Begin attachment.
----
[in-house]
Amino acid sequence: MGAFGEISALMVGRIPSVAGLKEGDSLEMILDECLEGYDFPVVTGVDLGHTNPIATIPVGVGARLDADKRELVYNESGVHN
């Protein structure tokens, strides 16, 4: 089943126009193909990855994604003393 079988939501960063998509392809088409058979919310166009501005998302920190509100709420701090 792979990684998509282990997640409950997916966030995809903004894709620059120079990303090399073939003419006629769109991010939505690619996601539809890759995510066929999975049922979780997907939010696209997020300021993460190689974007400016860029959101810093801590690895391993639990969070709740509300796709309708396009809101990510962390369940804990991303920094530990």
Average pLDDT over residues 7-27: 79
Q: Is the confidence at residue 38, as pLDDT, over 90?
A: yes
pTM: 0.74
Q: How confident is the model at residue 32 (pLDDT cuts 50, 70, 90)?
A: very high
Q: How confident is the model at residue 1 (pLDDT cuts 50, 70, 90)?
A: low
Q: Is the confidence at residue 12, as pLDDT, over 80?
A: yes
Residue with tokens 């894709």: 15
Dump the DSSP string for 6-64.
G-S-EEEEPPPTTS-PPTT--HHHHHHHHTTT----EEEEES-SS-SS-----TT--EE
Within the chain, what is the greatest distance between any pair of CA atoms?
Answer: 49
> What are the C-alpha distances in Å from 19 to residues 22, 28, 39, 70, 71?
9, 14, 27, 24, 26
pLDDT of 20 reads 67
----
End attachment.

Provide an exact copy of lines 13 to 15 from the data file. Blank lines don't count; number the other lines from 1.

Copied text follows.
A: yes
Residue with tokens 């894709």: 15
Dump the DSSP string for 6-64.